The federal Conservatives are not the only party seeking a leader these days. The B.C. Green Party is also looking for a head honcho, and who they choose could have a profound effect on all in the province.
Put simply, Premier John Horgan and his NDP party govern at the pleasure of the Green MLAs, now down to two. The arrangement to support the NDP has put the Greens in a unique position of power.
But it is also a delicate balancing act that Andrew Weaver managed to maneuver rather well these past couple of years.
Will the new leader be as successful?
Weaver is now sitting as an independent in the Legislature, saying that will allow him to better balance work with his family’s health, but he has stated he remains committed to the stability of the current minority government.
His vote will be helpful for the NDP.
Current Green Party MLA Sonia Furstenau (Cowichan Valley) has announced she is running for the leadership, and she quickly made her presence felt by being quite critical of the NDP, not something Horgan and his caucus would want to hear.
She attacked the NDP, and to be fair, the former ruling BC Liberals, on their industrial strategy involving the development of liquefied natural gas exports, and the Site C dam. She says the government needs to stop throwing good money after bad on that project.
Not to say that Weaver always agreed with everything the NDP did either. He said a year or so ago that he wished he had been stronger on the Site C dam when negotiating the Confidence and Supply Agreement as well.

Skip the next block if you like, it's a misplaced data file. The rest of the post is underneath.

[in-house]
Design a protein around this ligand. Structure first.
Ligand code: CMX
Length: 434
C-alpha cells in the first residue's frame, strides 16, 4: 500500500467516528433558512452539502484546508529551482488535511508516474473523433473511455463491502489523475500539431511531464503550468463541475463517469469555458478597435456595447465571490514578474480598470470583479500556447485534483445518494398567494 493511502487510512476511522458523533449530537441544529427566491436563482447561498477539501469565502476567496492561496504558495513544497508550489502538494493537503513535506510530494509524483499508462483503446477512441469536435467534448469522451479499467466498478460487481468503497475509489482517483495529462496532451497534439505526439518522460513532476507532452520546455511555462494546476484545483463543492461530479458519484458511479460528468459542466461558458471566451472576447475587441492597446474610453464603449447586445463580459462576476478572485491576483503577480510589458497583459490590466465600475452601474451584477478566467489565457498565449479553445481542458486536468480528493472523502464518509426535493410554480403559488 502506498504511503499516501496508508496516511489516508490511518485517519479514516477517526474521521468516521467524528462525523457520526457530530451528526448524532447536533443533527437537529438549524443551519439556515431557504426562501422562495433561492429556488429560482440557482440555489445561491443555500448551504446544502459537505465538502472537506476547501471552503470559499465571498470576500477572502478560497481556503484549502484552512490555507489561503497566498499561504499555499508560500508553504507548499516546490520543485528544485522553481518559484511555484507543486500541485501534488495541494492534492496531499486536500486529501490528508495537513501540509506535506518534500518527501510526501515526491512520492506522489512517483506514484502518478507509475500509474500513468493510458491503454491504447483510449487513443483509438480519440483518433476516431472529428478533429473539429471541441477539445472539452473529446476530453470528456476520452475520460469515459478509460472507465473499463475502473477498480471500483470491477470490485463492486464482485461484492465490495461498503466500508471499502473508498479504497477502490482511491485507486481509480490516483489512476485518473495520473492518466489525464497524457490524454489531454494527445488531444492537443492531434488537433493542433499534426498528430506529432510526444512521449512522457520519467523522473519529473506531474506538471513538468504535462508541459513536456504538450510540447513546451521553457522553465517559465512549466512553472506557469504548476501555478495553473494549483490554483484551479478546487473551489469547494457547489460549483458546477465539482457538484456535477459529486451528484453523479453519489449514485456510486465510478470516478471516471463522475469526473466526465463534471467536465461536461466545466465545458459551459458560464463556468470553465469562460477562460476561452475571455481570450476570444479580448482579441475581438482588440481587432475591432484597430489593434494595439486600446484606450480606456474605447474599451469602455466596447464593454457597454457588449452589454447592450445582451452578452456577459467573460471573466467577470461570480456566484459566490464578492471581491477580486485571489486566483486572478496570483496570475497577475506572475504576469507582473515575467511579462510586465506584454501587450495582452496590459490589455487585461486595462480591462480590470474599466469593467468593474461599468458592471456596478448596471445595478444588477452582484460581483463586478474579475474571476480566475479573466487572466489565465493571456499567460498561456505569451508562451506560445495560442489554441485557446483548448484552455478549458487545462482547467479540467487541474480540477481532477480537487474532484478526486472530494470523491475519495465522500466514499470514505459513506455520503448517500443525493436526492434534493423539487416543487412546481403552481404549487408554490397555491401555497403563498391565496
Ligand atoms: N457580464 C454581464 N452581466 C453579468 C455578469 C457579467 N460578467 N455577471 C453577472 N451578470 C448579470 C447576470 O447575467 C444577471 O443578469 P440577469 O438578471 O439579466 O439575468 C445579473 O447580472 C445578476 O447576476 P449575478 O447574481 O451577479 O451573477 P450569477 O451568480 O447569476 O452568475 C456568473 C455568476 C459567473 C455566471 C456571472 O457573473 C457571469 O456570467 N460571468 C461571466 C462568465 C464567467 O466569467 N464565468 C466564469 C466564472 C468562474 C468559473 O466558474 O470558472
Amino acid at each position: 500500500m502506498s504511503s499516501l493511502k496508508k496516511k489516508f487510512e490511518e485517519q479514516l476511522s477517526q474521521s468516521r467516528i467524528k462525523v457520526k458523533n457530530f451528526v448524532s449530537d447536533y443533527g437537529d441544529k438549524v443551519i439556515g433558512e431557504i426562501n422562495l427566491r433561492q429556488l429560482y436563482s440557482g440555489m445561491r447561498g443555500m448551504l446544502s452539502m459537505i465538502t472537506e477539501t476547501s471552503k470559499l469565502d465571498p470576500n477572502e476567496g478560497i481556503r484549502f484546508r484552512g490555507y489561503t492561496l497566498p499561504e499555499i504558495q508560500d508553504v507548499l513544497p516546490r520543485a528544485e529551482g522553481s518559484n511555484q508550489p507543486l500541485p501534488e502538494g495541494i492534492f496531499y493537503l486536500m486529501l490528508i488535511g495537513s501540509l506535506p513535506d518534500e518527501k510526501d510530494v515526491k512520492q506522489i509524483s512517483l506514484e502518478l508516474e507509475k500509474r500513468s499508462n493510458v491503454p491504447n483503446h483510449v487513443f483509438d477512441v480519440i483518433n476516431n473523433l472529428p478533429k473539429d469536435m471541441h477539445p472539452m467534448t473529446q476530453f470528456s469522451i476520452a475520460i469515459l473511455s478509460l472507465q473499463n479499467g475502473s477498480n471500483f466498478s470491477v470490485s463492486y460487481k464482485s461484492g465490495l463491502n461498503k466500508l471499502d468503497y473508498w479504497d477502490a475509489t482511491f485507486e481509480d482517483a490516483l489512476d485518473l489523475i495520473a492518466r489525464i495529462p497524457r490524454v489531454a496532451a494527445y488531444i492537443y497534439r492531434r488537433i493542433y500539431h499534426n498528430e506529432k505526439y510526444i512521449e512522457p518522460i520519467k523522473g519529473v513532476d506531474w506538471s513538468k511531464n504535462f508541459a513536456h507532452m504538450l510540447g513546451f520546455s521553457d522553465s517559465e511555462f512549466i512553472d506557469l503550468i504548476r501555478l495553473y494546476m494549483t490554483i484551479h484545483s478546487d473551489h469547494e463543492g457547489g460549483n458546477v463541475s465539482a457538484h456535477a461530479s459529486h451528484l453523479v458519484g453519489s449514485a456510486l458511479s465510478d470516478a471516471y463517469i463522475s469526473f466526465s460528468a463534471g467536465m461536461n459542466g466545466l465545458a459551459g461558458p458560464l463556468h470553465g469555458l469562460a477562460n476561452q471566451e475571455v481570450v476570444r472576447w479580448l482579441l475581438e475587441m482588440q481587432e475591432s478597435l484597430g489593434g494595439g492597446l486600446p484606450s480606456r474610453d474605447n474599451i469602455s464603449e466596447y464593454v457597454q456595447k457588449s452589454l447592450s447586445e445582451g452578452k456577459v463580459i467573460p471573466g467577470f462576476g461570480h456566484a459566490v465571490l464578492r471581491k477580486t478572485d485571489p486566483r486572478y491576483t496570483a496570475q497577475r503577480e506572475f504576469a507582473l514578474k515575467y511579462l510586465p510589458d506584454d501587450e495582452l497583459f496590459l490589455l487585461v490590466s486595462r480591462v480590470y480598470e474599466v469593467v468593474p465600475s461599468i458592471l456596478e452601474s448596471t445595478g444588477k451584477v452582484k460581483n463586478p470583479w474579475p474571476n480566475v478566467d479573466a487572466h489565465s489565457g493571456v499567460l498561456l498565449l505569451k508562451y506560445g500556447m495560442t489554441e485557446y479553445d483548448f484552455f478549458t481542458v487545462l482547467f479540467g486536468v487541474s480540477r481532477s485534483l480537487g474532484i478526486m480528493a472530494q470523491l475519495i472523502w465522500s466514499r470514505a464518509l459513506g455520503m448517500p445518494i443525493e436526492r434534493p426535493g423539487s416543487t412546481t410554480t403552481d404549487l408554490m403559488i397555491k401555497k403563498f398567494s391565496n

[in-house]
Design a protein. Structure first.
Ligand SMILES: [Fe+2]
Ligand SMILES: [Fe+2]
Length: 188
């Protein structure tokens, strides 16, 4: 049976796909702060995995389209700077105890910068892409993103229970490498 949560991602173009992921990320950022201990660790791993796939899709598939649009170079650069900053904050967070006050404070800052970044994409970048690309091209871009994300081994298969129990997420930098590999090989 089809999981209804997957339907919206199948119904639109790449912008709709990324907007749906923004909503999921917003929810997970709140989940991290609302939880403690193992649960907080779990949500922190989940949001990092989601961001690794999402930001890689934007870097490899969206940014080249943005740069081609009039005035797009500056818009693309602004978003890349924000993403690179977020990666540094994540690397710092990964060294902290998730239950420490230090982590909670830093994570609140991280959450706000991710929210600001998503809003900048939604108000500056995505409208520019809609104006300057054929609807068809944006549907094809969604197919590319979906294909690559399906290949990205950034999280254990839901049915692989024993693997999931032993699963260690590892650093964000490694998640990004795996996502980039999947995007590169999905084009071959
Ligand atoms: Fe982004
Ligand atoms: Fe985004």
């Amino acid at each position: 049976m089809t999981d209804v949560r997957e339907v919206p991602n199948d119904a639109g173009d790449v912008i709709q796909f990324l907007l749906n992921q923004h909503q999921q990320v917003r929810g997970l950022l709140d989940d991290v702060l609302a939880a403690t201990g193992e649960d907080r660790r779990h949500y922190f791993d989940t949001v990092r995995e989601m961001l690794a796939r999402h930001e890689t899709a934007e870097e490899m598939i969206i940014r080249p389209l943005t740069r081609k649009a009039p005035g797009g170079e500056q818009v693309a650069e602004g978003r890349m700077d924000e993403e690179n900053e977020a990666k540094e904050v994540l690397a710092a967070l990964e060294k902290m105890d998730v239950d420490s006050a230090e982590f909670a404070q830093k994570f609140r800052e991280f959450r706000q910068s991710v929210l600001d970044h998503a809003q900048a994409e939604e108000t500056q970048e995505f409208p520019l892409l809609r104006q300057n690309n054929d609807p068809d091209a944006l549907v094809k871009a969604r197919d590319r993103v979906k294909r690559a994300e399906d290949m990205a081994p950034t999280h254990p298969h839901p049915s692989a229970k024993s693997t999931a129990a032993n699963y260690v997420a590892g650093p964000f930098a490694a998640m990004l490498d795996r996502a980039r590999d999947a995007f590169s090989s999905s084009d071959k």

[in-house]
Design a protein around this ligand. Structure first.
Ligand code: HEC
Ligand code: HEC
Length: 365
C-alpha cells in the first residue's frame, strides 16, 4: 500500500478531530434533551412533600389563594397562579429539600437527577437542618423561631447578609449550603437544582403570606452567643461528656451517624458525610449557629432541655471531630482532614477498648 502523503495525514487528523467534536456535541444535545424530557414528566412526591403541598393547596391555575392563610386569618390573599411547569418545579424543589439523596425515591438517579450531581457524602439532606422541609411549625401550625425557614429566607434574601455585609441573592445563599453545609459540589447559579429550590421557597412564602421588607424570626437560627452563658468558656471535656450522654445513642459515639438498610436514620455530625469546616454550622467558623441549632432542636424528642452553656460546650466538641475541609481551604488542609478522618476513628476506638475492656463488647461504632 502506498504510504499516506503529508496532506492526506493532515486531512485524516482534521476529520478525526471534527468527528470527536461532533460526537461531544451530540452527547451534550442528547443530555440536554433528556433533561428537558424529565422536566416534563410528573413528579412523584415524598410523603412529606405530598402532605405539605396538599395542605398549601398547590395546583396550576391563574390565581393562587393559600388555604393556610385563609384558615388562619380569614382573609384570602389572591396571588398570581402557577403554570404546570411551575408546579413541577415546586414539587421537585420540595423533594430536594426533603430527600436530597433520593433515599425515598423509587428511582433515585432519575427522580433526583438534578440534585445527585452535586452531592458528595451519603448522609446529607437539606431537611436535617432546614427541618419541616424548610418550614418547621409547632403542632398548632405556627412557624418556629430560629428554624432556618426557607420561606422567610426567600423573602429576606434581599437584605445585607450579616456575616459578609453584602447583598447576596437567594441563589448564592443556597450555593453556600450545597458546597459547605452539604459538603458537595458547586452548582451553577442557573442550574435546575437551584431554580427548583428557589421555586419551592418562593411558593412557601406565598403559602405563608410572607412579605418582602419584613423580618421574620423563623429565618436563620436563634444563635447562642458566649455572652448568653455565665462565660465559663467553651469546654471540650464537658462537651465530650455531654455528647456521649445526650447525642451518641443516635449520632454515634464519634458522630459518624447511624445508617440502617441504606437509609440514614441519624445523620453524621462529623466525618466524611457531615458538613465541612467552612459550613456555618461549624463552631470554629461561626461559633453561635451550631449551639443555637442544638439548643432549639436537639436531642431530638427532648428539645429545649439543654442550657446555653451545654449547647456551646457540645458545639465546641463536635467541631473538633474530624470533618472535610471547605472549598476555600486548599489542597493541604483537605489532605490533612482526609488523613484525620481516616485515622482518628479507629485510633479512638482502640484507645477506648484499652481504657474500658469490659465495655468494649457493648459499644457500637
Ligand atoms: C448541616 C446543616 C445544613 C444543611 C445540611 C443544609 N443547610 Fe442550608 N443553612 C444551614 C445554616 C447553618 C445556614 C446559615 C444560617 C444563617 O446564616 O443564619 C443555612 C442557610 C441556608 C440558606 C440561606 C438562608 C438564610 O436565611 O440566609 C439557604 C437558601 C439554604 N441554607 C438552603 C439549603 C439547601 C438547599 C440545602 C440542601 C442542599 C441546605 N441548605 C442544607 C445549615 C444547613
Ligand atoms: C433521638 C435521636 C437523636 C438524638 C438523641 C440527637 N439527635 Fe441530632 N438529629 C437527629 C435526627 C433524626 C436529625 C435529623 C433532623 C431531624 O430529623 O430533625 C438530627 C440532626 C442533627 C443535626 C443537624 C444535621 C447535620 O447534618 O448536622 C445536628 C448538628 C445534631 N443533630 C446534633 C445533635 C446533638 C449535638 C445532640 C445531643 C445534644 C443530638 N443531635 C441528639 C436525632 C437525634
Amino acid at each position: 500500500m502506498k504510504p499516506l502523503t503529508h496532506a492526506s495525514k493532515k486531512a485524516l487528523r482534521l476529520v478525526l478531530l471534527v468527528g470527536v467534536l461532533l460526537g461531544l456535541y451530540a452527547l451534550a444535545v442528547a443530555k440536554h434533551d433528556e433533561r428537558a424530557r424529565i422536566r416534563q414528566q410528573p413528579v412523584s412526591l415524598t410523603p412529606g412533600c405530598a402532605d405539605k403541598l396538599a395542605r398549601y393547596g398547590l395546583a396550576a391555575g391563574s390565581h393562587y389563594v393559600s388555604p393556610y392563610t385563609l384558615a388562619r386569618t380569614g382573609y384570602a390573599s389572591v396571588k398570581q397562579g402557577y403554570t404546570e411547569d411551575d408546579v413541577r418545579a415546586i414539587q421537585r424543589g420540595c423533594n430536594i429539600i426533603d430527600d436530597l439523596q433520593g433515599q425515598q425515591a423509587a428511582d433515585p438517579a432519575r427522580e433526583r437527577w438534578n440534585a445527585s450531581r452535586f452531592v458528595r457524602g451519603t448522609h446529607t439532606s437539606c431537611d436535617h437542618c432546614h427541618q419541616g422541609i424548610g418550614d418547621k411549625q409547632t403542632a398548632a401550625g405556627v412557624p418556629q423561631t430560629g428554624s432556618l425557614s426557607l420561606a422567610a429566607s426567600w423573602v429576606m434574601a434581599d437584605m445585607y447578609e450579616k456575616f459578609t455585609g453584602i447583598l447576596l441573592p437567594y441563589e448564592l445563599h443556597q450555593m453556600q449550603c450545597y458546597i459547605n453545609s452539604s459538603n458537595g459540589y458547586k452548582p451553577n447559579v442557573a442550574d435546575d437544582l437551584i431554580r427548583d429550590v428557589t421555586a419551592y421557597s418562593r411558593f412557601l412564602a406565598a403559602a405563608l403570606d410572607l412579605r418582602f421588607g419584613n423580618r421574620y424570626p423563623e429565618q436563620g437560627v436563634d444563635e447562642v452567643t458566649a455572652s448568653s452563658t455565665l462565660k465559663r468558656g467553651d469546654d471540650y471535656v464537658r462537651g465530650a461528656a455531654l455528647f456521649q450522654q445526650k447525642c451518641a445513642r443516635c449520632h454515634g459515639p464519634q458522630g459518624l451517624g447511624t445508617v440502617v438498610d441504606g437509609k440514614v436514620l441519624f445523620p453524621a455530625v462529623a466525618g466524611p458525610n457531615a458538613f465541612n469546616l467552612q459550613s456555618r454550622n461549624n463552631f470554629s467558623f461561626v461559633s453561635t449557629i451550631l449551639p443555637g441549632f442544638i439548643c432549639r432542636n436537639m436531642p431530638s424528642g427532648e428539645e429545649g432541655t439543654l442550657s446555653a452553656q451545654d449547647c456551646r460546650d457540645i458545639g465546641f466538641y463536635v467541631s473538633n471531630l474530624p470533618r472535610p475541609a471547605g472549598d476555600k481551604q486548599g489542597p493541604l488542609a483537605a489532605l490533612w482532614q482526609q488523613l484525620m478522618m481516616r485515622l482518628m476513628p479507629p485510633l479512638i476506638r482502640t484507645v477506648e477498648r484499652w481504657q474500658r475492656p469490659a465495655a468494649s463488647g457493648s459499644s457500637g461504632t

You will recall that the NDP promised an independent review by the B.C. Utilities Commission on the project, and many assumed that after that review, the project would be cancelled.
Instead, Horgan decided to stay with it.
“I know many of us would wish the circumstances were different but I and my colleagues have to accept the situation as we find it, not how we wish it would be,” Horgan said at the time. “At the end of the day we’ve come to the conclusion although Site C is not the project we would have favoured or started, it must be completed to meet the objectives our government has set.”
The decision was a total shock to many. Horgan said that the cost to terminate the dam would result in an increase to the average residential Hydro rate of about $198 per year, and put a $4 billion loss on Hydro.
But still, despite that shocker, and the betrayal felt by some Green supporters, the agreement held.
Currently, the BC Liberals have 42 seats and the NDP have 41. There are two independent MLAs, now including Weaver, and two Green MLAs. One of those MLAs is Furstenau, the other is Adam Olsen, who is serving as the Party’s interim leader, which means he can’t run for the leadership. The other independent is Speaker Darryl Plecas.
Furstenau has been in on the agreement between the two parties since it was signed. She helped develop it. And while there are others who could run for the party leadership, she certainly has a distinct advantage as the only one already with a seat in the Legislature.
Horgan and the NDP can take considerable comfort in the fact that the agreement between the parties is for four years. It doesn’t expire until the next election in 2021.
What happens after that is anybody’s guess. If the NDP manage to get a majority, no agreement is necessary and the Greens can feel free to be as critical as they want, although with considerably less influence. If the NDP lose, it’s also moot.
Right now, it is to the Green Party’s benefit to play such an important role in the balance of power. It is certainly to the NDP’s benefit as well.
The Throne Speech and budget are coming up in February on the 11th and 18th respectively. With the continued support of the Green Party, there will be no confidence vote on the budget.
Voting for the new Green leader will take place from June 15 to 25 using aranked ballot system, if there are three or more candidates. The winner will be announced at the Party convention in Nanaimo on June 28.